Once the children were settled in that first day we took off to explore the nearest town of Bonham, Texas. (You have to appreciate a town that feels there is no necessity to make yourself up, in any fashion, in order to go in to it.)  My husband and I used to play a game of going in to Walmart and trying to find someone that looked “normal”.  (Normal meaning someone that looked like they might be a transplant, like us.) I know what you are thinking. 1.  That the retail establishment automatically warrants the oddity of people who frequent it. 2. This sounds like a pretentious game. However, that wasn’t the intent and people in Bonham just have a different look and sound to them. Women seem to wear a superfluous amount of shiny  rhinestoned accessories and their hair always  poofs in odd places. Men all look like they just climbed off a tractor or finished hunting. . Plus,  this Walmart is the ONLY retail store (other than feed stores, hardware stores, or second hand shops) in the area. It is also the ONLY grocery store in miles and miles. It is an excellent gauge of all of the people that live in the vicinity.

On our first trip in to Walmart we saw this-

This man, clad in chaps, spurs, and a nice gray cardigan came jingling down the aisle that we were shopping on. (Take note of not only his apparel but also how short the shelving is in this store. Fewer people in an area obviously mandates less choices.) Angry that he couldn’t find the extra large jar of pickles that he regularly purchased, he took to berating an employee of the store about how the jar he bought always had the word CRISP printed on it. To this, without emotion, she turned the jar around, displaying the word crisp and proceeded to walk on. My husband, at this point, tells the crispy pickle loving cowperson, “All you need now is an extra large jar of mayonnaise to go with that”. (Obviously, a statement that would be amusing to us, because  of  the sheer volume of mayonnaise containers for sale at the store). His response? “I already have one”. Thus was our inauguration in to the area.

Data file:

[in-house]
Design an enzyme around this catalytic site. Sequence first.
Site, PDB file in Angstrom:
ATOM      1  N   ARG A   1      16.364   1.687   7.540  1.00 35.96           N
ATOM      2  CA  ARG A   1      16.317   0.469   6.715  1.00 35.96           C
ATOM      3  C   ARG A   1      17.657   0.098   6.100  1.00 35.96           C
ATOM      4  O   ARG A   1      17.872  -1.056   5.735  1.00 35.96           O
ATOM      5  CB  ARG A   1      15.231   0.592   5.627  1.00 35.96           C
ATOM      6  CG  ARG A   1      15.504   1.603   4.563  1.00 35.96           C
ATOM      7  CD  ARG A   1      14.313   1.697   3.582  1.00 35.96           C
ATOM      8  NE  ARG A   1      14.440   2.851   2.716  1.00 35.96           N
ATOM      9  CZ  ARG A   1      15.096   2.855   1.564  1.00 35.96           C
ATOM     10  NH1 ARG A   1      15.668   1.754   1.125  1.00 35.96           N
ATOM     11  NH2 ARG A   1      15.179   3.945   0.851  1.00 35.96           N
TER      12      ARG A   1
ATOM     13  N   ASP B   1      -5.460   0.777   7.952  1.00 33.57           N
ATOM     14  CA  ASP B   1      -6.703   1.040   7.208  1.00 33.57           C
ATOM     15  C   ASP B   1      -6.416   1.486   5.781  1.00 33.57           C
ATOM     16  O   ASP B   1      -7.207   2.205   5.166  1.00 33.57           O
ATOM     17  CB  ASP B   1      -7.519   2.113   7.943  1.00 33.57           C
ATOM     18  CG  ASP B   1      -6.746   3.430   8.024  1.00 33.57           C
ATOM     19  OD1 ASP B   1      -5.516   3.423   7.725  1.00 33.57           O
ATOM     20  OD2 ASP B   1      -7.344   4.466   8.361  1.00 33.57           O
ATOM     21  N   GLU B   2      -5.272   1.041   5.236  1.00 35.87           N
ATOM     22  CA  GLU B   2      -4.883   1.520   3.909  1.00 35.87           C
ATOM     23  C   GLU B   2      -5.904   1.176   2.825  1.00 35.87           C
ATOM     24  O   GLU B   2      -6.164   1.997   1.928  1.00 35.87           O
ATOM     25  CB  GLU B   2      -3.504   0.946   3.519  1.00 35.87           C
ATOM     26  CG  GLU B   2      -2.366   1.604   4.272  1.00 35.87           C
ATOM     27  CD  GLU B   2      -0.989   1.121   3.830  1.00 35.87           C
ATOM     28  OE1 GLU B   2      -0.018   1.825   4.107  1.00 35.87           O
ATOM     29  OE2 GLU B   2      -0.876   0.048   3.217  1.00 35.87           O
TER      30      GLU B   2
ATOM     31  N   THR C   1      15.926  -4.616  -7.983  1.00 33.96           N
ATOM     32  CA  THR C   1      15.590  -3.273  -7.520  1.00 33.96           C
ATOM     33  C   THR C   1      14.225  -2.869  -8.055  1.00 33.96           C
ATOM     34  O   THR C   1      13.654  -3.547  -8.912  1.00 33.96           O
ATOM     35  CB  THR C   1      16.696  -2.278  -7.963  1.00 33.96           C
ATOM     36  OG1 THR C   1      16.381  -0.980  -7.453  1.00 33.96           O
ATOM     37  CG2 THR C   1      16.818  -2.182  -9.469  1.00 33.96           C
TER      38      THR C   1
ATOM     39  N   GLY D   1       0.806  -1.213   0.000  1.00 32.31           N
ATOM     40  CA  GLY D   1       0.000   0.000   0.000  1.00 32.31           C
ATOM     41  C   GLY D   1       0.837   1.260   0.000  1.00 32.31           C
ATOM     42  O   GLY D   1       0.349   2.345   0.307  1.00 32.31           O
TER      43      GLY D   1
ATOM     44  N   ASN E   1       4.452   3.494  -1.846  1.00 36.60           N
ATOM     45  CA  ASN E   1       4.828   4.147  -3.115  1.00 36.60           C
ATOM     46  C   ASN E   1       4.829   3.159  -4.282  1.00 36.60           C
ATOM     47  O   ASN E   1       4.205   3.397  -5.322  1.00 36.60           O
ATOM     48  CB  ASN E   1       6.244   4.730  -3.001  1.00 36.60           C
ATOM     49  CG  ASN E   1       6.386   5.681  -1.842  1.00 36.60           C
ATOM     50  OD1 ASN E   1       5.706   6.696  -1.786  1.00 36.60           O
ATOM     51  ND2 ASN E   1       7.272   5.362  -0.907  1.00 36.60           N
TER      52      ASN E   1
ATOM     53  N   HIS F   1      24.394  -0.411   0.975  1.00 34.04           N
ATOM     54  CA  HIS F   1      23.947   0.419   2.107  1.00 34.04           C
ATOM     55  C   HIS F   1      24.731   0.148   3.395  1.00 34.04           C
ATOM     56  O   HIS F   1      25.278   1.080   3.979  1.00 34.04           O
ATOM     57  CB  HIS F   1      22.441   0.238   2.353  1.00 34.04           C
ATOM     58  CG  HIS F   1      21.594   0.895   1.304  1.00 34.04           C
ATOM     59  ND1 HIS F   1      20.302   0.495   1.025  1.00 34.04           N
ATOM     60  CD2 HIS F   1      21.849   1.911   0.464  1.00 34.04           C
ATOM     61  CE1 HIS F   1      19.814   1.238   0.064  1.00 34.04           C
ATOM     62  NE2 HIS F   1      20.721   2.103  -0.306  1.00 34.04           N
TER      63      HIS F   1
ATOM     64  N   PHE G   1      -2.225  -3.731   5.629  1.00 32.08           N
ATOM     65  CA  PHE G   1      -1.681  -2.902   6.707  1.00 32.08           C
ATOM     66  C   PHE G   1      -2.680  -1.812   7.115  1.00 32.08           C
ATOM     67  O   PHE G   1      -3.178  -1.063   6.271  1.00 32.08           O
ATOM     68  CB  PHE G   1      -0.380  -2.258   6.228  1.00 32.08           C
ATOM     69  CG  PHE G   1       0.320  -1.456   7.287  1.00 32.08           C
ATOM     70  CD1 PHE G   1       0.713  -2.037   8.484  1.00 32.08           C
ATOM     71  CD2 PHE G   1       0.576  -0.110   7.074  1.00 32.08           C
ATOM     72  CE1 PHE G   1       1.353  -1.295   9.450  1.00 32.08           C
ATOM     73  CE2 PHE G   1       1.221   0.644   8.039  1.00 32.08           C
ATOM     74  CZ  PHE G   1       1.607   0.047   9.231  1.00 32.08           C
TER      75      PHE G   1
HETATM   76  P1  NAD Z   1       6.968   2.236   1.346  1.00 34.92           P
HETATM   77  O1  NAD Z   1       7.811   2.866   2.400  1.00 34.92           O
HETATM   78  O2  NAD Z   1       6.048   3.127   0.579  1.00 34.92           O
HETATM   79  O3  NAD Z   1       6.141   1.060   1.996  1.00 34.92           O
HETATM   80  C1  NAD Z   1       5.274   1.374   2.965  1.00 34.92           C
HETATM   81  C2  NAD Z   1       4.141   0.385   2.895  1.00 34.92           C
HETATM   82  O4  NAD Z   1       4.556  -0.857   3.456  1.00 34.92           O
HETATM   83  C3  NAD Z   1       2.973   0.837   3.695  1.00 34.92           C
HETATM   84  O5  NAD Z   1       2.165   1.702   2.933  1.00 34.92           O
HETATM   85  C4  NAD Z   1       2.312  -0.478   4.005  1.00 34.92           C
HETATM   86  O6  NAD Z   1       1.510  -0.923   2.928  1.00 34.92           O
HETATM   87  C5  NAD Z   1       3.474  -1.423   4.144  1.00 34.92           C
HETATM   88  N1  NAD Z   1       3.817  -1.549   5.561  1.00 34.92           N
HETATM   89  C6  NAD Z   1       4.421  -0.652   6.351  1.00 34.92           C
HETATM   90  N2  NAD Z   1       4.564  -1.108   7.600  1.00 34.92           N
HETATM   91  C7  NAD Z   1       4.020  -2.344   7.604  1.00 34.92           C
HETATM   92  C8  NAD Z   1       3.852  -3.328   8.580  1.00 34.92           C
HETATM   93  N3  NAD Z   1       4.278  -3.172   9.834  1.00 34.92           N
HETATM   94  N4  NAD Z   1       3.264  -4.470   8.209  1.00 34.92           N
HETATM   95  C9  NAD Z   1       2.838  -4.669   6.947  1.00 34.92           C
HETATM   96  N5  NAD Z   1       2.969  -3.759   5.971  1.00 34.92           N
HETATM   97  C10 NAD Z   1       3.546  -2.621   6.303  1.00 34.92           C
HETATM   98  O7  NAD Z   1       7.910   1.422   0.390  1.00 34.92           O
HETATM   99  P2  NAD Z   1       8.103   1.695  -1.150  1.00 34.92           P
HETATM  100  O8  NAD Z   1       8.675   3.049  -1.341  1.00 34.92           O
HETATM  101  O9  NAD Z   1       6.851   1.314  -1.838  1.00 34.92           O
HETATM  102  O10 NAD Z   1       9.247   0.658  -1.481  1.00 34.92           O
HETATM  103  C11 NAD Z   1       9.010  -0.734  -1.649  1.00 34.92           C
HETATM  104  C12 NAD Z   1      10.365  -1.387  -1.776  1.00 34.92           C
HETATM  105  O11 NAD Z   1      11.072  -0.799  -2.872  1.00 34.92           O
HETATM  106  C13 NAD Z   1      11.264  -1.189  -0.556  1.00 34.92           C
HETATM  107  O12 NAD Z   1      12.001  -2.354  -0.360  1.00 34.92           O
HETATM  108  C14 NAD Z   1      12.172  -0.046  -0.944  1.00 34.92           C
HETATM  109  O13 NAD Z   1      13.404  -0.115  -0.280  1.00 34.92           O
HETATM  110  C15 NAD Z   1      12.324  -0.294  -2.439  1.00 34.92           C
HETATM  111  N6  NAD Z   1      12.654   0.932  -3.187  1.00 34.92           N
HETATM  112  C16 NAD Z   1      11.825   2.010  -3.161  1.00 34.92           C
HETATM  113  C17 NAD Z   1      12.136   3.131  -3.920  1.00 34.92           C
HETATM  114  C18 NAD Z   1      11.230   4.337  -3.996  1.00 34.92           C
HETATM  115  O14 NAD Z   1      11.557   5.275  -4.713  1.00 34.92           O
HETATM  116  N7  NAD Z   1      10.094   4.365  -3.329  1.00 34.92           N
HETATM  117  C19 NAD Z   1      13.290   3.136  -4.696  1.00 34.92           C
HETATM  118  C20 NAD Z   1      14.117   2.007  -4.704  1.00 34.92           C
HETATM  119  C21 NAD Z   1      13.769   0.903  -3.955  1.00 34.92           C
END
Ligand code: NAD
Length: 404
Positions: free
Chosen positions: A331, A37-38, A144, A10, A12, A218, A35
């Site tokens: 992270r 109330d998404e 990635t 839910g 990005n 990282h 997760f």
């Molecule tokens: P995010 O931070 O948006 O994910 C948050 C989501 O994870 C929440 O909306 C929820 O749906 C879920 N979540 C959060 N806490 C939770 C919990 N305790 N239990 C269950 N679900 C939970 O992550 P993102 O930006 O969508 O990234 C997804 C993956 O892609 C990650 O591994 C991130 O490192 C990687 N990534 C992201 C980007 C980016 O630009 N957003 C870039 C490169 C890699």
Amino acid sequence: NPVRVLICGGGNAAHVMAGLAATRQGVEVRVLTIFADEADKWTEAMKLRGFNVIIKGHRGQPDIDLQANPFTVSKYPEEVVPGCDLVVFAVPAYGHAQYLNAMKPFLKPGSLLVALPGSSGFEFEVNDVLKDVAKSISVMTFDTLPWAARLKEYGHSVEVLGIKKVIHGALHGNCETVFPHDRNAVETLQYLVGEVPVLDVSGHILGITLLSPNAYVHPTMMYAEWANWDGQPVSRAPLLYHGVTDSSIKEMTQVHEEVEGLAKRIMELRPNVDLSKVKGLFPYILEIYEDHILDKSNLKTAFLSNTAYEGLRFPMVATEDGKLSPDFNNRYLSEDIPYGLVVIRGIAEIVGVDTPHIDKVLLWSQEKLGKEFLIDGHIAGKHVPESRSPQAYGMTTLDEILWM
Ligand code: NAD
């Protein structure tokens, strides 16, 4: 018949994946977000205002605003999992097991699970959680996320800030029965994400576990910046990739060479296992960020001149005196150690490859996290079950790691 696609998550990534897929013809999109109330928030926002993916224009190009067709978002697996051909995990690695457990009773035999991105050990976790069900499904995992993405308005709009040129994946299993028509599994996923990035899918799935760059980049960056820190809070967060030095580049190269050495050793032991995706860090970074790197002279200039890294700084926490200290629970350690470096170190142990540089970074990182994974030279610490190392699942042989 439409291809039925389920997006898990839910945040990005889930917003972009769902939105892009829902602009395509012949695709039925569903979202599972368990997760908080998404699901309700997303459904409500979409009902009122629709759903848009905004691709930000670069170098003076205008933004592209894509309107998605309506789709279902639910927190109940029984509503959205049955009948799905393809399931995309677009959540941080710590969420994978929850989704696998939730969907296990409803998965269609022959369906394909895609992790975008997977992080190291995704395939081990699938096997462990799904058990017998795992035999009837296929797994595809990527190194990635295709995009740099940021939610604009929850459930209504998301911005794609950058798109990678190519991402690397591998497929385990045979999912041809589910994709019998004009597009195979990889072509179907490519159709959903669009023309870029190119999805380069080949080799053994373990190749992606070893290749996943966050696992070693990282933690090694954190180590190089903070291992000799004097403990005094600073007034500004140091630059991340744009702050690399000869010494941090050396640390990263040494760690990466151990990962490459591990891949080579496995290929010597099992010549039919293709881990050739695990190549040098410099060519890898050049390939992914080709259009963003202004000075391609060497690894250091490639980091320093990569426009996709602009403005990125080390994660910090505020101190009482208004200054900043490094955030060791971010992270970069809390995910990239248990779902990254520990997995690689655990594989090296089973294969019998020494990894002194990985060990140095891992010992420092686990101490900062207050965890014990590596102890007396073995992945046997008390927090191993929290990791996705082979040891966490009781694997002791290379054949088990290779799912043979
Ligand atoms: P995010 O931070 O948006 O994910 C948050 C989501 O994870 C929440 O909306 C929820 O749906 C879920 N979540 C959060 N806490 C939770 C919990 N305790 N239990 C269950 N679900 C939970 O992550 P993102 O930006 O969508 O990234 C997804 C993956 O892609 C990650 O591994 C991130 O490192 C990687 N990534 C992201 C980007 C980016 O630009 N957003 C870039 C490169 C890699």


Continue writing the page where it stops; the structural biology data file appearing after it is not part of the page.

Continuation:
We have since lost interest in that game for a myriad of reasons. First being, I try to frequent that store as seldom as possible after hearing a mother and her young daughter screaming profanity at one another on aisle after aisle. It actually became so bad that with every, “fuck you” I found myself reciting gibberish to my children in an effort to distract them. It worked, and instead of hearing the oral assault, my daughter’s belief that I am insane was solidified. SECOND being, we simply became desensitized to it all and people blurting out, “Mmmm, I hadn’t had me no shake-n bake in a long time” didn’t seem so odd.

I didn’t have a clue that shake-n bake was even still around until I moved out to the country.